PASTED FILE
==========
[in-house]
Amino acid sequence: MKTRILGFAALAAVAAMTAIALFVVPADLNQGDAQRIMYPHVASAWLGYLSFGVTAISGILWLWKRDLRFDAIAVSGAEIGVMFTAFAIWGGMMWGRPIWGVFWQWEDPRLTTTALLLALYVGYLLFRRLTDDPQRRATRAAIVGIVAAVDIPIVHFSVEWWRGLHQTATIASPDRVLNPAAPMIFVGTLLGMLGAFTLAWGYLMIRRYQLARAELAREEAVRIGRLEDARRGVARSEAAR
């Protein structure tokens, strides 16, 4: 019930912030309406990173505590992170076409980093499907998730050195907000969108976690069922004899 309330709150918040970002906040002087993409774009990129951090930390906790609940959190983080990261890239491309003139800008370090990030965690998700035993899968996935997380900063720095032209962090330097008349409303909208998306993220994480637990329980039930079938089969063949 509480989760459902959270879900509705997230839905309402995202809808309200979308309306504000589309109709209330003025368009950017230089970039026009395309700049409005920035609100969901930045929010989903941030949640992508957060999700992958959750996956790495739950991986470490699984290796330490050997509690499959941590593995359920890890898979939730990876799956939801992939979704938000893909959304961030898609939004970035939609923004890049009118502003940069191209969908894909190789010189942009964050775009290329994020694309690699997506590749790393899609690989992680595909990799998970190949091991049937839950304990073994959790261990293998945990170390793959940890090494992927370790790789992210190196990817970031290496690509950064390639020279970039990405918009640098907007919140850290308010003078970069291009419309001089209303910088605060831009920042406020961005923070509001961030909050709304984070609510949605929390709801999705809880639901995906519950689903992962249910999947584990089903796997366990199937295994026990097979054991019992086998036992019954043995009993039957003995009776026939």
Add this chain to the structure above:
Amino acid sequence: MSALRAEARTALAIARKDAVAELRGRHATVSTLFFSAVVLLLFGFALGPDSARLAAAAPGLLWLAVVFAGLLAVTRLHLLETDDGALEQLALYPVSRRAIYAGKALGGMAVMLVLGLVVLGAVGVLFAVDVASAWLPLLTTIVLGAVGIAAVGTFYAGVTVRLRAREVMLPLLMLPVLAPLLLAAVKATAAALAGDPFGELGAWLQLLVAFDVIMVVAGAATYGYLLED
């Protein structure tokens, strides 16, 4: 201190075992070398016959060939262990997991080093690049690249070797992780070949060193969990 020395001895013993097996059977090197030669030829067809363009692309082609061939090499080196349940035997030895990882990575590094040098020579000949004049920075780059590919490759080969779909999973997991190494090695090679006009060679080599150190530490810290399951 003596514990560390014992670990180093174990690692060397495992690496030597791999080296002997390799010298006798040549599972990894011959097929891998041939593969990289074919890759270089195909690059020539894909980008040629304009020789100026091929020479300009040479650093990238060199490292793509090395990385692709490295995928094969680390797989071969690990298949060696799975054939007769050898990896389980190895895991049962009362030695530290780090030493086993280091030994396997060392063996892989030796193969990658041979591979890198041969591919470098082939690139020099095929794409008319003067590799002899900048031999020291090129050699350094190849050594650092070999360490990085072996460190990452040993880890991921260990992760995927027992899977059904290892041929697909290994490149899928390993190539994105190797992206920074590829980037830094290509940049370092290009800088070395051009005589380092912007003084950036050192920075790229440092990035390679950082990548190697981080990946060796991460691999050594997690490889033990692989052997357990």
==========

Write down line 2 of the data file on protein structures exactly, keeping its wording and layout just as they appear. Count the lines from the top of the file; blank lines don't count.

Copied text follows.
Amino acid sequence: MKTRILGFAALAAVAAMTAIALFVVPADLNQGDAQRIMYPHVASAWLGYLSFGVTAISGILWLWKRDLRFDAIAVSGAEIGVMFTAFAIWGGMMWGRPIWGVFWQWEDPRLTTTALLLALYVGYLLFRRLTDDPQRRATRAAIVGIVAAVDIPIVHFSVEWWRGLHQTATIASPDRVLNPAAPMIFVGTLLGMLGAFTLAWGYLMIRRYQLARAELAREEAVRIGRLEDARRGVARSEAAR